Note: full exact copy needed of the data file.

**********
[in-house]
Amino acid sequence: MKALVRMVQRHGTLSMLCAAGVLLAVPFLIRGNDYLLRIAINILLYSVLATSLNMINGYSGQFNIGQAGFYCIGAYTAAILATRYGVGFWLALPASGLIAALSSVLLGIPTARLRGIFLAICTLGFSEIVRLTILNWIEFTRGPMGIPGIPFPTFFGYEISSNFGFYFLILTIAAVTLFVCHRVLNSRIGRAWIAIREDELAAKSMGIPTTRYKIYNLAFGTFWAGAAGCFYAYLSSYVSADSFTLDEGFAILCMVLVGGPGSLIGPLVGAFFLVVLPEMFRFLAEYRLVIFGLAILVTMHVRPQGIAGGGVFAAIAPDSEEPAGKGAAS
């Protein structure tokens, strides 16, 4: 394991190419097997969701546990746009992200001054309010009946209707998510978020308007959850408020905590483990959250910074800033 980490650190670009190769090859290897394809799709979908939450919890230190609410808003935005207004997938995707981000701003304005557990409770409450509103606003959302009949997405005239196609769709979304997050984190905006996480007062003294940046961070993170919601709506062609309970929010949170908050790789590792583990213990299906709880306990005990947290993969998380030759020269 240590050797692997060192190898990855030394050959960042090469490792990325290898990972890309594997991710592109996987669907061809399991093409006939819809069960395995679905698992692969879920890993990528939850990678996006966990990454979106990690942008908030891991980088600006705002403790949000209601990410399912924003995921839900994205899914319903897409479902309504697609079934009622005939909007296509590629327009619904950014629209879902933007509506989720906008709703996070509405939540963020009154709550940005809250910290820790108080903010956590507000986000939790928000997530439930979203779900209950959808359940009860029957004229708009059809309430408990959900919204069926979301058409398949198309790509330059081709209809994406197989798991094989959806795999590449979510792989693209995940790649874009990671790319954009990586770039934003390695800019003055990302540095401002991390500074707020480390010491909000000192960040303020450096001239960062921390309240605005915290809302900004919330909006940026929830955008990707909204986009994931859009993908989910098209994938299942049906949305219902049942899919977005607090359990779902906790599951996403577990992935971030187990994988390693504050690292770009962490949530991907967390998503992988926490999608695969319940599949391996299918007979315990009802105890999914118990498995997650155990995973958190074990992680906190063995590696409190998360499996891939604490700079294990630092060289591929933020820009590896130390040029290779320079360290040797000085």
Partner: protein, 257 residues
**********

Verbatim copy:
[in-house]
Amino acid sequence: MKALVRMVQRHGTLSMLCAAGVLLAVPFLIRGNDYLLRIAINILLYSVLATSLNMINGYSGQFNIGQAGFYCIGAYTAAILATRYGVGFWLALPASGLIAALSSVLLGIPTARLRGIFLAICTLGFSEIVRLTILNWIEFTRGPMGIPGIPFPTFFGYEISSNFGFYFLILTIAAVTLFVCHRVLNSRIGRAWIAIREDELAAKSMGIPTTRYKIYNLAFGTFWAGAAGCFYAYLSSYVSADSFTLDEGFAILCMVLVGGPGSLIGPLVGAFFLVVLPEMFRFLAEYRLVIFGLAILVTMHVRPQGIAGGGVFAAIAPDSEEPAGKGAAS
């Protein structure tokens, strides 16, 4: 394991190419097997969701546990746009992200001054309010009946209707998510978020308007959850408020905590483990959250910074800033 980490650190670009190769090859290897394809799709979908939450919890230190609410808003935005207004997938995707981000701003304005557990409770409450509103606003959302009949997405005239196609769709979304997050984190905006996480007062003294940046961070993170919601709506062609309970929010949170908050790789590792583990213990299906709880306990005990947290993969998380030759020269 240590050797692997060192190898990855030394050959960042090469490792990325290898990972890309594997991710592109996987669907061809399991093409006939819809069960395995679905698992692969879920890993990528939850990678996006966990990454979106990690942008908030891991980088600006705002403790949000209601990410399912924003995921839900994205899914319903897409479902309504697609079934009622005939909007296509590629327009619904950014629209879902933007509506989720906008709703996070509405939540963020009154709550940005809250910290820790108080903010956590507000986000939790928000997530439930979203779900209950959808359940009860029957004229708009059809309430408990959900919204069926979301058409398949198309790509330059081709209809994406197989798991094989959806795999590449979510792989693209995940790649874009990671790319954009990586770039934003390695800019003055990302540095401002991390500074707020480390010491909000000192960040303020450096001239960062921390309240605005915290809302900004919330909006940026929830955008990707909204986009994931859009993908989910098209994938299942049906949305219902049942899919977005607090359990779902906790599951996403577990992935971030187990994988390693504050690292770009962490949530991907967390998503992988926490999608695969319940599949391996299918007979315990009802105890999914118990498995997650155990995973958190074990992680906190063995590696409190998360499996891939604490700079294990630092060289591929933020820009590896130390040029290779320079360290040797000085």
Partner: protein, 257 residues